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    Kenneth A Ingber, DMD

    Washington, DC 20006
    (202) 331-7474

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    Dr. Ivory Hancock

    Washington, DC 20036
    (202) 737-7025

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    Dr. Scott Shalit

    Garnet Valley, PA 19060
    (610) 459-5859

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    Dr. Lance Panarello

    Aston, PA 19014
    (484) 498-2132

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    Dr. Lon Kessler

    Phoenixville, PA 19460
    (610) 933-3342

7 Tooth-attacking Dietary Red Flags

7 Tooth-attacking Dietary Red Flags

Diet and dental health go hand in hand. Here are seven dietary red flags that contribute to poor oral health.

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Tooth Brushing


Brushing your teeth with fluoride toothpaste is arguably the most essential component to the maintenance of good oral health. Tooth brushing cleans and whitens your teeth, while helping prevent the onset of tooth decay and gum disease, one of the leading causes of tooth loss in adults. Removing tooth stains and avoiding bad breath are added benefits of tooth brushing.

Why We Brush: The Frontline of Oral Hygiene

The foods that we eat contain sugars and starches. When plaque – the sticky substance that forms on the teeth – combines with these sugars and starches, an acid is produced that attacks tooth enamel and causes tooth decay.

Dental plaque can also irritate the gums to the point that they become red, swollen, tender and can bleed easily. Gum irritation can lead to gingivitis, an oral condition that precedes gum disease (periodontitis). Gingivitis can be treated and reversed if it is diagnosed in its early stages. If plaque is not removed, the gums can eventually start to pull away (recede) from the teeth. When this happens, bacteria and pus-filled pockets can develop and the bone that supports the teeth can be destroyed. Once the bone is destroyed, the teeth will loosen and/or require removal.

Brushing your teeth removes plaque from the tooth surfaces while flossing removes plaque from in between the teeth. The American Dental Association recommends that you brush your teeth at least twice a day for about two minutes, preferably after eating.

Optimal Tooth Brushing Techniques

Brushing at least twice a day is an essential practice in maintaining good oral health; however, it is imperative that you brush your teeth properly. The following steps detail optimal brushing habits:

  • Use a small amount of ADA-approved toothpaste.
  • Hold the brush at a 45 degree angle.
  • Use gentle and short strokes, moving your toothbrush back and forth while brushing the outside areas of your upper and lower molars (back teeth).
  • Use the same motions and brush the outside areas of your upper and lower incisors (front teeth).
  • Using back and forth motions, brush the biting surfaces of your upper and lower molars.
  • Brush the insides of your upper and lower molars with the same back and forth brushing motion.
  • With the tip of your brush, brush the inside areas of your upper and lower incisors using gentle up and down strokes.
  • Lastly, brush your tongue to remove bacteria and keep your breath fresh. Tongue cleaners/scrapers can be even more effective at removing bacteria and stains from the surface of the tongue (especially at the back of the tongue).

In order to maintain good oral hygiene, it is important to brush your teeth at least twice a day, floss daily, use an oral rinse, eat a well balanced diet and visit your dentist for regular check ups.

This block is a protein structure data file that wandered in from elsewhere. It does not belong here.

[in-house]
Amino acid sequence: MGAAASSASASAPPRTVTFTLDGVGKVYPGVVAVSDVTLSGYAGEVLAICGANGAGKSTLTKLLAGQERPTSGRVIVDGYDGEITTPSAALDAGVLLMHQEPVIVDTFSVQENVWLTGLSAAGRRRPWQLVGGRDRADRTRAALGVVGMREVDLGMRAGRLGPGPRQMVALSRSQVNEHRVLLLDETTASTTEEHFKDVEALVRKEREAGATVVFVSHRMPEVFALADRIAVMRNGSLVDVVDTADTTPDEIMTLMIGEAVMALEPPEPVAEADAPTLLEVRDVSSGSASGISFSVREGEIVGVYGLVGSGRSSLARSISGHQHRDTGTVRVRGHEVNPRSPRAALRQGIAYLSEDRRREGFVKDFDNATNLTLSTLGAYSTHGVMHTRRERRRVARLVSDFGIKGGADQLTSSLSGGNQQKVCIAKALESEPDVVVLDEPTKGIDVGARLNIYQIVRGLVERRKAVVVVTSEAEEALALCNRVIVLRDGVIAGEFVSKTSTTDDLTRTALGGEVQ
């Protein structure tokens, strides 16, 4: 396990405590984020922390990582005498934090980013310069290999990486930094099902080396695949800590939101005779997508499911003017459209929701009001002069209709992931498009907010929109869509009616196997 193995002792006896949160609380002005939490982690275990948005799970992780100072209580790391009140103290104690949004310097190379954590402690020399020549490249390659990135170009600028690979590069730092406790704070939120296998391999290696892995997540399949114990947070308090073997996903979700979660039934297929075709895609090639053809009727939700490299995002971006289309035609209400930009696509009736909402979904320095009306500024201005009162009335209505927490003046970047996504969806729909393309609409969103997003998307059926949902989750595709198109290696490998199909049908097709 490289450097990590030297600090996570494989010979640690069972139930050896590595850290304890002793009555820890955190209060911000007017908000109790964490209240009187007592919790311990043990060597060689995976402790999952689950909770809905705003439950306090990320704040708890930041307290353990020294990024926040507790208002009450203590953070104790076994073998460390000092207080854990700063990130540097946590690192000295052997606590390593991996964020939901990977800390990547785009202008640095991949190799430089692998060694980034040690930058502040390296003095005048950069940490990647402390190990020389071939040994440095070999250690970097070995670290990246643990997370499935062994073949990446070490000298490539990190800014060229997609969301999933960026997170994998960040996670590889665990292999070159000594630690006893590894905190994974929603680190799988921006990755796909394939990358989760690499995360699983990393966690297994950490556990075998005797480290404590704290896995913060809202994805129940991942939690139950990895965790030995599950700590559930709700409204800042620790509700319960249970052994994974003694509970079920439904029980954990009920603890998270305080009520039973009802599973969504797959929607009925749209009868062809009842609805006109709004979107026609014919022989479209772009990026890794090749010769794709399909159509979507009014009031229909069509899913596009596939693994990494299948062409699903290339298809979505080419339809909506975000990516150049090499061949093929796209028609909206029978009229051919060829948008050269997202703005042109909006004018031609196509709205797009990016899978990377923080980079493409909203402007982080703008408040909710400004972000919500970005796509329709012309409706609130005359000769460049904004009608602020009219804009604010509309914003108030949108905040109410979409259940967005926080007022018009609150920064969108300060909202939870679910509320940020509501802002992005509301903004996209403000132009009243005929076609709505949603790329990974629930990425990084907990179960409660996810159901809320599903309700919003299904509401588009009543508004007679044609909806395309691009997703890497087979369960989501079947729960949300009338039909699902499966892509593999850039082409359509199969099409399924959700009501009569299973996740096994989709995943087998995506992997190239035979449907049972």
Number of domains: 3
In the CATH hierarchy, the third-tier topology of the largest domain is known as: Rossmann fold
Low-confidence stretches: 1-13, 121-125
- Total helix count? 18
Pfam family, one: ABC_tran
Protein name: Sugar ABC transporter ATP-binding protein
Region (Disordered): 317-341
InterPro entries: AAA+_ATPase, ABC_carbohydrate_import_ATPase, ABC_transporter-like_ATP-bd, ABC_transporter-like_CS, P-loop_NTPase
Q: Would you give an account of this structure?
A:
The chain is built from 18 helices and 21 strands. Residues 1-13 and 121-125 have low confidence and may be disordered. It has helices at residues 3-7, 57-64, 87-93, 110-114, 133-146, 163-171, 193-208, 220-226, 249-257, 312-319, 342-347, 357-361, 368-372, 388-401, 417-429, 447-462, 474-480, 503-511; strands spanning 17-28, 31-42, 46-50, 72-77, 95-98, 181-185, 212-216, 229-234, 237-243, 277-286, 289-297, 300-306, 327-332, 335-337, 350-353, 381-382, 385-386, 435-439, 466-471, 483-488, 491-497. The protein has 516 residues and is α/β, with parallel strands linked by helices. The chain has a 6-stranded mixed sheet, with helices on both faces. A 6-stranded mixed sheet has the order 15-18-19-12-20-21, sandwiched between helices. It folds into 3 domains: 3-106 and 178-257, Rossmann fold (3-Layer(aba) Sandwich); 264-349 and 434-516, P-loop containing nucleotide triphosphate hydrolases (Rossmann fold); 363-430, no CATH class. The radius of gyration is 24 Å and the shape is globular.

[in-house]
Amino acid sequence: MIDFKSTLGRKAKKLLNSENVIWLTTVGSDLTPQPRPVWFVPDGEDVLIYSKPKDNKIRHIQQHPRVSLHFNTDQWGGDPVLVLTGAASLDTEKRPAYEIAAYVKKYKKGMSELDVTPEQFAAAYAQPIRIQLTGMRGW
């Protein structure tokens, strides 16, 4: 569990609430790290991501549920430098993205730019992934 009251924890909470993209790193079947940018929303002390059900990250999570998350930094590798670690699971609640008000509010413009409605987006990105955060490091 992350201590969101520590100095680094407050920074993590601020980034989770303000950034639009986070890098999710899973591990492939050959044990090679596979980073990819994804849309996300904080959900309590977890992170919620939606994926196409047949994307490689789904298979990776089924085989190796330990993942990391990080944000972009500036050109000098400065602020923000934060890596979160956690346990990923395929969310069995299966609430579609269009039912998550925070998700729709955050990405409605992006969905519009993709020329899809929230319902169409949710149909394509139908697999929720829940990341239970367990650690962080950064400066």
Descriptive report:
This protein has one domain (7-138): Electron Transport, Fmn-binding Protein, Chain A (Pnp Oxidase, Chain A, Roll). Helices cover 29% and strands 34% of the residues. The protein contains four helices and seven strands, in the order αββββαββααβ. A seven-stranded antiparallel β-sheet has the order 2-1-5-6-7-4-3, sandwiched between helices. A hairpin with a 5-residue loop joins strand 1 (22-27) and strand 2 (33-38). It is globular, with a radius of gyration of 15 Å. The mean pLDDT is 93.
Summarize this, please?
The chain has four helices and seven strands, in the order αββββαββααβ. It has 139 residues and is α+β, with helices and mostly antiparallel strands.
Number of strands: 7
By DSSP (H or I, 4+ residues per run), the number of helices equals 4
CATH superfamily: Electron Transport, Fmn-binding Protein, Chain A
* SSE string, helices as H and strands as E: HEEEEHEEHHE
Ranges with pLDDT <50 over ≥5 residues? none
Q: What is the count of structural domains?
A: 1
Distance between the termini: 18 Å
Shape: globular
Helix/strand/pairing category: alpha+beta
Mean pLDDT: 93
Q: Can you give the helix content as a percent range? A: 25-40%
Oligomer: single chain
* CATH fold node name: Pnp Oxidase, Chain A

Toothbrushes: Electric or Manual?

Deciding whether to buy an electric or manual toothbrush basically comes down to what you desire as far as comfort and convenience. Oral health experts believe that brushing with an electric toothbrush can be more effective than using a manual toothbrush. Electric toothbrushes are designed to replicate the functionality of the professional brushes used by dentists for in-office cleanings.

When used correctly, an electric toothbrush can be more effective than a manual toothbrush in removing plaque from the teeth and gum line. This is because they tend to increase brushing time while helping users reach difficult areas of the mouth. Most electric toothbrushes have a setting that notifies the user when to stop brushing. This notification helps prevent over-brushing that can damage tooth enamel and foster gum recession.

The best toothbrush to buy is an extra soft bristled brush with a small head that fits easily in your mouth and has a handle that feels comfortable in your hand. Another advantage of electric toothbrushes is that they usually have larger handles, which are great for kids, older adults and people who suffer from arthritis.

Although prices of electric toothbrushes have dropped in recent years, the obvious advantage of manual toothbrushes is their inexpensiveness. Manual toothbrushes also provide more flexibility than electric toothbrushes, helping to reach difficult areas of the mouth. Some manual toothbrushes also offer convenient accessories that aid oral hygiene, such as built-in tongue scrapers that can be more effective in cleaning the tongue than brushing.

Whichever toothbrush you decide to buy, remember that using it is what counts. Be sure to replace your toothbrush (or toothbrush head) every three months or sooner if the bristles start to fray or wear out.


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  • P


    Kenneth A Ingber, DMD

    Washington, DC 20006
    (202) 331-7474

  • P


    Dr. Ivory Hancock

    Washington, DC 20036
    (202) 737-7025

  • P


    Dr. Scott Shalit

    Garnet Valley, PA 19060
    (610) 459-5859

  • P


    Dr. Lance Panarello

    Aston, PA 19014
    (484) 498-2132

  • P


    Dr. Lon Kessler

    Phoenixville, PA 19460
    (610) 933-3342